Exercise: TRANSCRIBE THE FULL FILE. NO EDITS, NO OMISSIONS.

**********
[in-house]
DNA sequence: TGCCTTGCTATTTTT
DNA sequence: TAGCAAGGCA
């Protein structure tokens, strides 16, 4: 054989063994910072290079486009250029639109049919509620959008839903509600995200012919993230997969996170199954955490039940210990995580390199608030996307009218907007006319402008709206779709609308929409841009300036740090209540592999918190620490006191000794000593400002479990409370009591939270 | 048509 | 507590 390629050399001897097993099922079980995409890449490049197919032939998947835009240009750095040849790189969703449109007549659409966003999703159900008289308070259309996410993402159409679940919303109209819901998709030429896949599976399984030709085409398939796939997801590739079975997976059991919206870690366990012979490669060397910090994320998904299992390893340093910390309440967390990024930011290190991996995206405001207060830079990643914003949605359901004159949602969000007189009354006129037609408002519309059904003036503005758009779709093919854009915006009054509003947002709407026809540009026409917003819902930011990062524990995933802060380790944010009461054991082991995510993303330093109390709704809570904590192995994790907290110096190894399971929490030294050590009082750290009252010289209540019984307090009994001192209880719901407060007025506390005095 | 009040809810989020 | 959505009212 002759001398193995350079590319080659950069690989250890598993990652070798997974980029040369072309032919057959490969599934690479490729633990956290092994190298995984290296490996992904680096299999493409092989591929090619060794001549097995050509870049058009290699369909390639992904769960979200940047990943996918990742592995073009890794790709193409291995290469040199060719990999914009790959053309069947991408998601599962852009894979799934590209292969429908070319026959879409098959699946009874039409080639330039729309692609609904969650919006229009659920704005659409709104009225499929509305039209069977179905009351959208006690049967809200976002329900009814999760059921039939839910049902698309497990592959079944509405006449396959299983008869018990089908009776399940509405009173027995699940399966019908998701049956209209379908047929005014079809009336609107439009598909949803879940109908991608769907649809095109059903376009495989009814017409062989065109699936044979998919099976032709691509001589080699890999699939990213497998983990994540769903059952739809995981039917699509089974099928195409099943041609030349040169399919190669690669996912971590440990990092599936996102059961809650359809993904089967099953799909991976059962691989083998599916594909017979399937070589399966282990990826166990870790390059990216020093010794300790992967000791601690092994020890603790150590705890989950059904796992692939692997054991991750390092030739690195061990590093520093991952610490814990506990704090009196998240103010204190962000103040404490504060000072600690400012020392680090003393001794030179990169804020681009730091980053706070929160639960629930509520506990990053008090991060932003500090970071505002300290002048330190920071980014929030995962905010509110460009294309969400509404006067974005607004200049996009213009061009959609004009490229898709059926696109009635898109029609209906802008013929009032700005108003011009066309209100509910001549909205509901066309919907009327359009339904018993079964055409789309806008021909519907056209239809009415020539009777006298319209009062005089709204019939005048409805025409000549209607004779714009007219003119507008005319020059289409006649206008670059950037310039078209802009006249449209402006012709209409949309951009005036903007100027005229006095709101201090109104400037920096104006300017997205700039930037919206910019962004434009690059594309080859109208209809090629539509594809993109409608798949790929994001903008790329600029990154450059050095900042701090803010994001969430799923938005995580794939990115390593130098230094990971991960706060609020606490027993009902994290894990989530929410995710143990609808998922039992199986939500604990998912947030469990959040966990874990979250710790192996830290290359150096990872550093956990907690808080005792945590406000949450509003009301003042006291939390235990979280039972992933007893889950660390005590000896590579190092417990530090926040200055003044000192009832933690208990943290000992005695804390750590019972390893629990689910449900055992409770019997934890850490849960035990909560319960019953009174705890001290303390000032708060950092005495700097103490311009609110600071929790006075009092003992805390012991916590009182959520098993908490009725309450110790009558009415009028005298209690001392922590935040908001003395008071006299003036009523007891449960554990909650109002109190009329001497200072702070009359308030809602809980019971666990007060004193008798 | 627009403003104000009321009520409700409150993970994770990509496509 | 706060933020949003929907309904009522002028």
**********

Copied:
[in-house]
DNA sequence: TGCCTTGCTATTTTT
DNA sequence: TAGCAAGGCA
């Protein structure tokens, strides 16, 4: 054989063994910072290079486009250029639109049919509620959008839903509600995200012919993230997969996170199954955490039940210990995580390199608030996307009218907007006319402008709206779709609308929409841009300036740090209540592999918190620490006191000794000593400002479990409370009591939270 | 048509 | 507590 390629050399001897097993099922079980995409890449490049197919032939998947835009240009750095040849790189969703449109007549659409966003999703159900008289308070259309996410993402159409679940919303109209819901998709030429896949599976399984030709085409398939796939997801590739079975997976059991919206870690366990012979490669060397910090994320998904299992390893340093910390309440967390990024930011290190991996995206405001207060830079990643914003949605359901004159949602969000007189009354006129037609408002519309059904003036503005758009779709093919854009915006009054509003947002709407026809540009026409917003819902930011990062524990995933802060380790944010009461054991082991995510993303330093109390709704809570904590192995994790907290110096190894399971929490030294050590009082750290009252010289209540019984307090009994001192209880719901407060007025506390005095 | 009040809810989020 | 959505009212 002759001398193995350079590319080659950069690989250890598993990652070798997974980029040369072309032919057959490969599934690479490729633990956290092994190298995984290296490996992904680096299999493409092989591929090619060794001549097995050509870049058009290699369909390639992904769960979200940047990943996918990742592995073009890794790709193409291995290469040199060719990999914009790959053309069947991408998601599962852009894979799934590209292969429908070319026959879409098959699946009874039409080639330039729309692609609904969650919006229009659920704005659409709104009225499929509305039209069977179905009351959208006690049967809200976002329900009814999760059921039939839910049902698309497990592959079944509405006449396959299983008869018990089908009776399940509405009173027995699940399966019908998701049956209209379908047929005014079809009336609107439009598909949803879940109908991608769907649809095109059903376009495989009814017409062989065109699936044979998919099976032709691509001589080699890999699939990213497998983990994540769903059952739809995981039917699509089974099928195409099943041609030349040169399919190669690669996912971590440990990092599936996102059961809650359809993904089967099953799909991976059962691989083998599916594909017979399937070589399966282990990826166990870790390059990216020093010794300790992967000791601690092994020890603790150590705890989950059904796992692939692997054991991750390092030739690195061990590093520093991952610490814990506990704090009196998240103010204190962000103040404490504060000072600690400012020392680090003393001794030179990169804020681009730091980053706070929160639960629930509520506990990053008090991060932003500090970071505002300290002048330190920071980014929030995962905010509110460009294309969400509404006067974005607004200049996009213009061009959609004009490229898709059926696109009635898109029609209906802008013929009032700005108003011009066309209100509910001549909205509901066309919907009327359009339904018993079964055409789309806008021909519907056209239809009415020539009777006298319209009062005089709204019939005048409805025409000549209607004779714009007219003119507008005319020059289409006649206008670059950037310039078209802009006249449209402006012709209409949309951009005036903007100027005229006095709101201090109104400037920096104006300017997205700039930037919206910019962004434009690059594309080859109208209809090629539509594809993109409608798949790929994001903008790329600029990154450059050095900042701090803010994001969430799923938005995580794939990115390593130098230094990971991960706060609020606490027993009902994290894990989530929410995710143990609808998922039992199986939500604990998912947030469990959040966990874990979250710790192996830290290359150096990872550093956990907690808080005792945590406000949450509003009301003042006291939390235990979280039972992933007893889950660390005590000896590579190092417990530090926040200055003044000192009832933690208990943290000992005695804390750590019972390893629990689910449900055992409770019997934890850490849960035990909560319960019953009174705890001290303390000032708060950092005495700097103490311009609110600071929790006075009092003992805390012991916590009182959520098993908490009725309450110790009558009415009028005298209690001392922590935040908001003395008071006299003036009523007891449960554990909650109002109190009329001497200072702070009359308030809602809980019971666990007060004193008798 | 627009403003104000009321009520409700409150993970994770990509496509 | 706060933020949003929907309904009522002028």